Public procurement and contracting abuses have human costs. Unnecessary projects, inferior and unreasonably costly work, the difference in incomes, and unjustified or unexpected price increases exacerbate inequality. In the absence of appropriate accountability mechanisms in this strategic area, ghost projects will be funded, poor quality roads, schools, and hospitals will be built, while essential medicines and services will not be delivered. Yet getting access to information on public contracts is typically no simple process – certainly, that has been the experience in Nigeria. It is here that the significance of Freedom of Information for contract monitoring is sensed, as it generates citizen participation and appropriate checks and balances.
In Nigeria, the Freedom of Information Act (FOIA) 2011 was passed to give access to publicly held information irrespective of the reasons for the request. This is a reason to cheer as it should make contracting information easier to come by and yet, for us at Public Private Development Centre (PPDC), using the FOIA didn’t come without a fight. At the onset, a challenge we constantly encountered was the recurring perception that the FOIA was a law that constituted a nuisance to hard-working public servants who were believed they were sworn to secrecy under the Official Secrets Act (which was not the case, as the FOIA took precedence) and despite several advocacies and policy briefs to the contrary, we frequently had our requests denied. In ambitions to giving life to the spirit of the law, we filed several FOI litigations. Litigation was the route to go for several reasons: (1) developing jurisprudence on provisions of the FOIA (2) changing a culture of secrecy, and (3) ensuring that everyone, no matter who, has the opportunity request and receive information.
PPDC is recognized as one of the most active organizations in Nigeria that has utilized the Freedom of Information Act, 2011 to drive the demand and supply of publicly held information, especially towards ensuring better efficiency in the delivery of public services. With the passage of the Act in 2011, PPDC began evaluating how public institutions complied with its provisions in relation to public expenditure. We’ve done this successfully each year after the passage of the Public Procurement Act in 2007. Each year, FOI requests were (and still are) sent out to federal public institutions requiring disclosure of contracting information. From the responses to these requests, PPDC has built a large databank of contracting information, which helped make the case for open contracting as a national policy using the Budeshi platform.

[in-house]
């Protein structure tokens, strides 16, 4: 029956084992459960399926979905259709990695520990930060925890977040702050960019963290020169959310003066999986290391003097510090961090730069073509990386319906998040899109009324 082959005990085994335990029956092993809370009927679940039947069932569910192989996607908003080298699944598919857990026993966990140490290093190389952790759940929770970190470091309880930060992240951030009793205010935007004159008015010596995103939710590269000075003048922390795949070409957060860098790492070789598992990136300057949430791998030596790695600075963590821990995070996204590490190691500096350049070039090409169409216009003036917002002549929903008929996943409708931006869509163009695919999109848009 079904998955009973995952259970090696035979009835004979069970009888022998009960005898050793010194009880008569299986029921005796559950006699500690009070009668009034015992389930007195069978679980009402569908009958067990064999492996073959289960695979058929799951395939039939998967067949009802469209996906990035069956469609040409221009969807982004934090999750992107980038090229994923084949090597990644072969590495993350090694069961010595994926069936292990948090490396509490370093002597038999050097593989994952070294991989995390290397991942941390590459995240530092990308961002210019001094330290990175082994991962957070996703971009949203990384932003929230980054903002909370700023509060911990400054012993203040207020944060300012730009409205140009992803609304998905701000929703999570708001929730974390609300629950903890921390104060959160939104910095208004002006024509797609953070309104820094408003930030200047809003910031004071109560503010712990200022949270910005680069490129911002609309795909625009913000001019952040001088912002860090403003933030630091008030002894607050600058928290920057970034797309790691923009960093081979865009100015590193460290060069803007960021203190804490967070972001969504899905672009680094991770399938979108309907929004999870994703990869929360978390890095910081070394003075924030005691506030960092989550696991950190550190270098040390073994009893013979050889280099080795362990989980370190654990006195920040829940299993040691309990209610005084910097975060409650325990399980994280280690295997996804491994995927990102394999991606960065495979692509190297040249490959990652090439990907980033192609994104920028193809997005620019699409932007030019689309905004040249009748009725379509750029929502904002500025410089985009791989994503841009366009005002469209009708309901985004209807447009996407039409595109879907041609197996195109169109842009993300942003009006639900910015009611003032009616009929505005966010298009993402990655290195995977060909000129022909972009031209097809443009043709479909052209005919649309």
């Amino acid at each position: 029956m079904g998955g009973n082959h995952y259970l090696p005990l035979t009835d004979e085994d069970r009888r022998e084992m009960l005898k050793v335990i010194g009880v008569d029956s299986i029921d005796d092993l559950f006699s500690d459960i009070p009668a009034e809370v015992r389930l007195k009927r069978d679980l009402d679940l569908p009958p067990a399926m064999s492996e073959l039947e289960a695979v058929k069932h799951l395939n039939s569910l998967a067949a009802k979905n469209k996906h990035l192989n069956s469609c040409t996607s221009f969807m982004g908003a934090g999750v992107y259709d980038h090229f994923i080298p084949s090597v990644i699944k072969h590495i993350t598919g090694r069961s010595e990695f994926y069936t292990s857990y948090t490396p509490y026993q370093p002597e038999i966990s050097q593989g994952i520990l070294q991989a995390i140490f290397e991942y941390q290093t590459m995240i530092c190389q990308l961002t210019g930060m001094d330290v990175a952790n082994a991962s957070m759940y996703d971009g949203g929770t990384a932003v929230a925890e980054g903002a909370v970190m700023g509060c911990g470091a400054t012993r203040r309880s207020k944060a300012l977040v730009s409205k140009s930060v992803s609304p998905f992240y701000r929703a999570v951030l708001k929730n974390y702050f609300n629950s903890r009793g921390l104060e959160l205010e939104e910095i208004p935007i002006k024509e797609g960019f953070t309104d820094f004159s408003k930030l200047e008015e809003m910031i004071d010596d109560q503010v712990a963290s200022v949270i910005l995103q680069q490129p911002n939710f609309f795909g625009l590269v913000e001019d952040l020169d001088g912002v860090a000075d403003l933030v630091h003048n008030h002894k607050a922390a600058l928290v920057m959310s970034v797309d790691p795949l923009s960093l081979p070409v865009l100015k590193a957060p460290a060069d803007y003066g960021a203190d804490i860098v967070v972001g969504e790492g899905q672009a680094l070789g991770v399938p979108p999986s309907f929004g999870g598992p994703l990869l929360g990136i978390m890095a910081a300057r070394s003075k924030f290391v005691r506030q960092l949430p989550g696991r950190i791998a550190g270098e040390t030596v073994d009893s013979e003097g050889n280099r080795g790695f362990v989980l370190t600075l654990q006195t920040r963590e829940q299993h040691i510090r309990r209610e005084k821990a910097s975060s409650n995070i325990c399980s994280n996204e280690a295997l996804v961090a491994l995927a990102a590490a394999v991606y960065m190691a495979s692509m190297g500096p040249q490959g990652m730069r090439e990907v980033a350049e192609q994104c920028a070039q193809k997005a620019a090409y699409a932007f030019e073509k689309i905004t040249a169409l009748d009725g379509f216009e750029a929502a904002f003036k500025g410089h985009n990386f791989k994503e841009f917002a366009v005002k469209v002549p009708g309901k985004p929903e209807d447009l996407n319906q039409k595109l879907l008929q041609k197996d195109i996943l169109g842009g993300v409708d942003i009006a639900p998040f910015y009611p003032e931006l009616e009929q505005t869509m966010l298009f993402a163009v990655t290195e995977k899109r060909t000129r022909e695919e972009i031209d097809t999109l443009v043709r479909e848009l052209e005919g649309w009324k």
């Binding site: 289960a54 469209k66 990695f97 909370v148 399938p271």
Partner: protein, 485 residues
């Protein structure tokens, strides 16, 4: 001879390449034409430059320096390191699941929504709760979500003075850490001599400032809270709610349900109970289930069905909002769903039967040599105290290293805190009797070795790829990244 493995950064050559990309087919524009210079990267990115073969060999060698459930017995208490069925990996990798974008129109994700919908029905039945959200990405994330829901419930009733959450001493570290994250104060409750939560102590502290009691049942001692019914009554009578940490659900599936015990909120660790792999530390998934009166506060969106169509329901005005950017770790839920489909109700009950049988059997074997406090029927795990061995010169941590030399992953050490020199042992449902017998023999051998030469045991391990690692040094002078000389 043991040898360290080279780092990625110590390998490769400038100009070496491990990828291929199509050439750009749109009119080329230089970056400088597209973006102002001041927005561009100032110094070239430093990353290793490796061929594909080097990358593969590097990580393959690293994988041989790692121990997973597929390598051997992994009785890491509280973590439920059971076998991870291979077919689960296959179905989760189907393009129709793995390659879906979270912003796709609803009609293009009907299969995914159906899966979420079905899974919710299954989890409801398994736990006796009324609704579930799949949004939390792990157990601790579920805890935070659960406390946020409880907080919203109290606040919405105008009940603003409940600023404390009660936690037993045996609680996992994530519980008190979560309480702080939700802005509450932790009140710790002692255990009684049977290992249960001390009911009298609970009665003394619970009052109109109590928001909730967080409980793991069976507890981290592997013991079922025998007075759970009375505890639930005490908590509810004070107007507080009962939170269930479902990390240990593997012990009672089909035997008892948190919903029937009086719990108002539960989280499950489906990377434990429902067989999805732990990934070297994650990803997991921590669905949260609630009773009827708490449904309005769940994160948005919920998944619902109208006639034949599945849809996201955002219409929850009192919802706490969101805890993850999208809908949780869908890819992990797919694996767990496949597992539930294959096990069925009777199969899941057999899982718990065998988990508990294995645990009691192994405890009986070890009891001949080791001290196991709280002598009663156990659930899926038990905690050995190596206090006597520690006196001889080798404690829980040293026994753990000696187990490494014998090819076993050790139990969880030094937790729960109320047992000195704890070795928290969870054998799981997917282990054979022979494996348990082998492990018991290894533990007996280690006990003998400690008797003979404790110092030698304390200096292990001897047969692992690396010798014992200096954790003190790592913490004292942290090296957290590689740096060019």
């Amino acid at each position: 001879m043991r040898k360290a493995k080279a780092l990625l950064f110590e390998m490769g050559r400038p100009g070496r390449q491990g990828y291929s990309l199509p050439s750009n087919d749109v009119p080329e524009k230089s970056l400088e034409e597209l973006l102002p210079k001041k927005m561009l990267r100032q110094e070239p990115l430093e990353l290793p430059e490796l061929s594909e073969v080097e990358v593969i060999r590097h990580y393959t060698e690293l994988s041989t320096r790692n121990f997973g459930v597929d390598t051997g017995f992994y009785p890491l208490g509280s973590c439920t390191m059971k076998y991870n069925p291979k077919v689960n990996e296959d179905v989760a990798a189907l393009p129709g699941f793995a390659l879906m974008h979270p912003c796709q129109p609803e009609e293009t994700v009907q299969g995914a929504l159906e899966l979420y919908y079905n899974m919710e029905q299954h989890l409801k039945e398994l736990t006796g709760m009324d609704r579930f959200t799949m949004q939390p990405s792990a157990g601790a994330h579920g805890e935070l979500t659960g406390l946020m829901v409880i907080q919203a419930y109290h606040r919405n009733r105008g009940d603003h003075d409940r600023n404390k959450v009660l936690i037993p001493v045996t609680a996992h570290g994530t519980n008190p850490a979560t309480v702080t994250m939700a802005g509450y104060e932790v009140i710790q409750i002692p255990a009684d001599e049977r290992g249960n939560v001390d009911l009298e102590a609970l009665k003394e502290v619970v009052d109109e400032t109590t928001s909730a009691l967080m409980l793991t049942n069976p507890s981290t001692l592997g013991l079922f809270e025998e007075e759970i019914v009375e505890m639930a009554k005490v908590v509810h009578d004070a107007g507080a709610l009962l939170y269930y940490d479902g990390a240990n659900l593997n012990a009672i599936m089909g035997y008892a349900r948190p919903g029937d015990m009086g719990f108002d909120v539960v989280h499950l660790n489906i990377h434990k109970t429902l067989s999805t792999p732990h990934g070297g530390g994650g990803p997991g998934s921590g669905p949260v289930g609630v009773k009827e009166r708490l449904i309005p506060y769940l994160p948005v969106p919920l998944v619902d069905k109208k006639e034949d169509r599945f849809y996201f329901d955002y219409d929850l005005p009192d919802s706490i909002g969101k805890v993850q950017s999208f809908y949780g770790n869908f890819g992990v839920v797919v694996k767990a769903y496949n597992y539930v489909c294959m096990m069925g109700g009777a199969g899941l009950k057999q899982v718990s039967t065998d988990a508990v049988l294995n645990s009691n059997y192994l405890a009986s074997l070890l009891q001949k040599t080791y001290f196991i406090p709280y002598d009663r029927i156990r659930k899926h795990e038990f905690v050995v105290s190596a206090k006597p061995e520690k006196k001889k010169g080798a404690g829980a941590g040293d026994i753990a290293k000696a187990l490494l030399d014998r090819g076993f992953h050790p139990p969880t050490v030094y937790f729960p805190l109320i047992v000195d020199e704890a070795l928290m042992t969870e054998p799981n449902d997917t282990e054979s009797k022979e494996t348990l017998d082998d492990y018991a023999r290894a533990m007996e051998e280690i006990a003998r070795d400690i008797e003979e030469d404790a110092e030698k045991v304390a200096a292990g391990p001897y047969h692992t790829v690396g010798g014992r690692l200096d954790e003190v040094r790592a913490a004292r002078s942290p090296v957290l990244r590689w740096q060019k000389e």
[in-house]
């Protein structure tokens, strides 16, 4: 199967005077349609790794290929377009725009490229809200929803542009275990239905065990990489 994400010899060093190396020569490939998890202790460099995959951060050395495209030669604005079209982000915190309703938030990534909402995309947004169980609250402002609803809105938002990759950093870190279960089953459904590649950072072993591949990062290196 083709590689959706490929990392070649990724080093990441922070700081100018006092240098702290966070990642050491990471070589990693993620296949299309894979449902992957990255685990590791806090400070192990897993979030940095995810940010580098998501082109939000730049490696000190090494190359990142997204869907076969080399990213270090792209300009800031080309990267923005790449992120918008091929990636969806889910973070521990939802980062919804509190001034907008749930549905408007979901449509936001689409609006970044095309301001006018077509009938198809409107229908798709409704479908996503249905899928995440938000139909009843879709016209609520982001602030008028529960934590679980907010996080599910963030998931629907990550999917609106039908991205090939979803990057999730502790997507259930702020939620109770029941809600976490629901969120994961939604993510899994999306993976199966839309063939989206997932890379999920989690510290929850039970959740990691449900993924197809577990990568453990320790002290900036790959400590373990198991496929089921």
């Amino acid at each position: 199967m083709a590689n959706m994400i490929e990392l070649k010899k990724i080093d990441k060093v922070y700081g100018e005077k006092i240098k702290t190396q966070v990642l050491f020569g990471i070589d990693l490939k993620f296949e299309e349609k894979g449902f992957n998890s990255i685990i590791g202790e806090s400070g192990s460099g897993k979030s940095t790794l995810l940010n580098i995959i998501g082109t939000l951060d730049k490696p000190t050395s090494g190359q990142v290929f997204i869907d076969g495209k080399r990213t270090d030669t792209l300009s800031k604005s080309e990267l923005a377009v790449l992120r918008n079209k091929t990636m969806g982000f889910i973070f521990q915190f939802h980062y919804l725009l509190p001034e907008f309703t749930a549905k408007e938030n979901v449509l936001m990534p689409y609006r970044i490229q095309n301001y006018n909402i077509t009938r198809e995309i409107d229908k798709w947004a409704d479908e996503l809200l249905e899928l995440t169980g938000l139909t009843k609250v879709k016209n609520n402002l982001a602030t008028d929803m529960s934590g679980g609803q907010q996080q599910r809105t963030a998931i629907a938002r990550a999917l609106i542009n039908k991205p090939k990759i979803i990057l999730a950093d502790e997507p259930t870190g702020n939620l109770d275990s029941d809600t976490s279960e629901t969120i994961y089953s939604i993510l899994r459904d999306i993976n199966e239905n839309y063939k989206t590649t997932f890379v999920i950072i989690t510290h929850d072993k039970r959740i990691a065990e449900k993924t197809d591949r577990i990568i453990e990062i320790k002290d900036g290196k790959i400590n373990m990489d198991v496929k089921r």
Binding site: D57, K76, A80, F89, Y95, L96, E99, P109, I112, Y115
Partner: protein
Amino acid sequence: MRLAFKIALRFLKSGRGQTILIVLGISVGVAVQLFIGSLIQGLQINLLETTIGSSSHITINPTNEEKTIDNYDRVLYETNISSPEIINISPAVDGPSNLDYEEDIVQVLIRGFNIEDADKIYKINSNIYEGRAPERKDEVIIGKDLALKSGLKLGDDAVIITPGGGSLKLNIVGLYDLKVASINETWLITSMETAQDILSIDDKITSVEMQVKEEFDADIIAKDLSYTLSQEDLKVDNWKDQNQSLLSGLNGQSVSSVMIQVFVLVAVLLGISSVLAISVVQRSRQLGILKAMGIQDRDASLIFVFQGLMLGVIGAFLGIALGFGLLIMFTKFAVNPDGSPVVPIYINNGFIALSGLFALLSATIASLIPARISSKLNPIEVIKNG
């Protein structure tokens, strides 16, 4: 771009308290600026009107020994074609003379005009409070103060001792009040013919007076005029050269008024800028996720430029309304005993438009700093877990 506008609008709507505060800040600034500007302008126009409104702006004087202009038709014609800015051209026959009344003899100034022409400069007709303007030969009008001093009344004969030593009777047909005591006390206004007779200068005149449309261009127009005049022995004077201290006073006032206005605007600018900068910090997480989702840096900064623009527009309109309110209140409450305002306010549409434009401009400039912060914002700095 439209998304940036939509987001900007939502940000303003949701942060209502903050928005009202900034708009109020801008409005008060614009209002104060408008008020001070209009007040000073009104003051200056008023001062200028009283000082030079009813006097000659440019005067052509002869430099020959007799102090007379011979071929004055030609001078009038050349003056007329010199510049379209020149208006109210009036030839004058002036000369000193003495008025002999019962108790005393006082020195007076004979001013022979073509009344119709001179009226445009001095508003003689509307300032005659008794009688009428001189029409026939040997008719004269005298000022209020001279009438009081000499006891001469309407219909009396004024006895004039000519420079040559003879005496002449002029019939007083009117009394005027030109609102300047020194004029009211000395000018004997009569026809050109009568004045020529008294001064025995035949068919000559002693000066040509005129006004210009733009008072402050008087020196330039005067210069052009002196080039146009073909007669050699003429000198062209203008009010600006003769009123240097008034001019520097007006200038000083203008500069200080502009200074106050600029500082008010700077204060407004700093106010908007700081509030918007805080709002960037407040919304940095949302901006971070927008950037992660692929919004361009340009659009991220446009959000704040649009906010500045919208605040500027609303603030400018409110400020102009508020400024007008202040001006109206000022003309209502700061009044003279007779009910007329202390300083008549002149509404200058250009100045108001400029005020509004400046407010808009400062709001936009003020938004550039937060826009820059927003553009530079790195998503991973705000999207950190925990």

Testing out compliance served a multitude of purposes:
(1) building up a repository of structured contracting information that is publicly available (our platform serves as a source for stakeholders and has been used to build other contract disclosure platforms
(2) improving disclosure culture by identifying public institutions that needed targeted advocacy and training
(3) promoting healthy competition among public institutions by recognizing institutions that were striving towards compliance
As a model that may be useful to other organizations, or in other climates and context as Nigeria, the importance of dynamism cannot be overemphasized. Reforming a culture of secrecy requires using a multifaceted approach to challenge the status quo. We hope that our approach to using the FOI and our lessons learned from the process are useful to likeminded anti-corruption advocates and serve as a model that can be transplanted and replicated.
One learning is that it is important for FOI advocates in the public sector to build an institutional knowledge base on the responsibilities and possibilities of the FOI. PPDC has also come to better acknowledge public agencies who compiled information and use their work to inspire and motivate other agencies; this gave rise to the annual FOI Compliance Ranking which began in 2014 and recently released the 2018 edition. This ranking assesses the level of public access to procurement-related information.
With the advent of Budeshi (an open contracting tool built on the Open Contracting Data Standards (OCDS) and the push towards opening up contracting processes in Nigeria – find an interesting read of that journey here), it is possible to draw the conclusion that there is more compliance with the FOI, especially with the proactive disclosure of contracting information. However, there is also an increase in instances of flagrant disregard for the law with prominent public institutions declaring that the law does not apply to them.
Contract data is increasingly available, but not yet at the comprehensiveness, quality or ease of access necessary. When incentives have not encouraged officials to release information, the FOI has been a useful instrument. While there is still much work to be done to understand and make use of the data once obtained, we can’t lose sight of the fact that an effective access to information regime gives its citizens a voice and encourages accountability for delivery of public services.